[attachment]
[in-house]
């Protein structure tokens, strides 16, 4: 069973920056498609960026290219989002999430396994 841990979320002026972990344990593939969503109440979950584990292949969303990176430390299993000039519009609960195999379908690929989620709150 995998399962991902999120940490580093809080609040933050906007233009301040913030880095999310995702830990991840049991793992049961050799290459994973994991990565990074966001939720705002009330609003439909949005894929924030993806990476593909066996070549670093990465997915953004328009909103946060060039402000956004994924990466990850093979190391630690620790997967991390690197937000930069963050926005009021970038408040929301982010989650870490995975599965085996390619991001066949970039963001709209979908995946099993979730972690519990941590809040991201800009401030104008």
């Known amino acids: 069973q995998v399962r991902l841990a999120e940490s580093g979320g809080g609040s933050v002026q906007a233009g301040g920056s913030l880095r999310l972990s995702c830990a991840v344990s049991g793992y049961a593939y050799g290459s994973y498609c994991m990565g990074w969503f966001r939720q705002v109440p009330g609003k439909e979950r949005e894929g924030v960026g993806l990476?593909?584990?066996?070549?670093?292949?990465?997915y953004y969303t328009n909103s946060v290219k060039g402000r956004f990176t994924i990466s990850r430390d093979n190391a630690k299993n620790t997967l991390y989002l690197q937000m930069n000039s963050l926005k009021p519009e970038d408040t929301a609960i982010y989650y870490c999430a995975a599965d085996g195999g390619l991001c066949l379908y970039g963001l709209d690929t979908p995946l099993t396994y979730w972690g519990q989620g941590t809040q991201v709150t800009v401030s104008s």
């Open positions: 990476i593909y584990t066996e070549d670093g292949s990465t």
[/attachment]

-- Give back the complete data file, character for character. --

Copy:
[in-house]
């Protein structure tokens, strides 16, 4: 069973920056498609960026290219989002999430396994 841990979320002026972990344990593939969503109440979950584990292949969303990176430390299993000039519009609960195999379908690929989620709150 995998399962991902999120940490580093809080609040933050906007233009301040913030880095999310995702830990991840049991793992049961050799290459994973994991990565990074966001939720705002009330609003439909949005894929924030993806990476593909066996070549670093990465997915953004328009909103946060060039402000956004994924990466990850093979190391630690620790997967991390690197937000930069963050926005009021970038408040929301982010989650870490995975599965085996390619991001066949970039963001709209979908995946099993979730972690519990941590809040991201800009401030104008």
């Known amino acids: 069973q995998v399962r991902l841990a999120e940490s580093g979320g809080g609040s933050v002026q906007a233009g301040g920056s913030l880095r999310l972990s995702c830990a991840v344990s049991g793992y049961a593939y050799g290459s994973y498609c994991m990565g990074w969503f966001r939720q705002v109440p009330g609003k439909e979950r949005e894929g924030v960026g993806l990476?593909?584990?066996?070549?670093?292949?990465?997915y953004y969303t328009n909103s946060v290219k060039g402000r956004f990176t994924i990466s990850r430390d093979n190391a630690k299993n620790t997967l991390y989002l690197q937000m930069n000039s963050l926005k009021p519009e970038d408040t929301a609960i982010y989650y870490c999430a995975a599965d085996g195999g390619l991001c066949l379908y970039g963001l709209d690929t979908p995946l099993t396994y979730w972690g519990q989620g941590t809040q991201v709150t800009v401030s104008s």
């Open positions: 990476i593909y584990t066996e070549d670093g292949s990465t």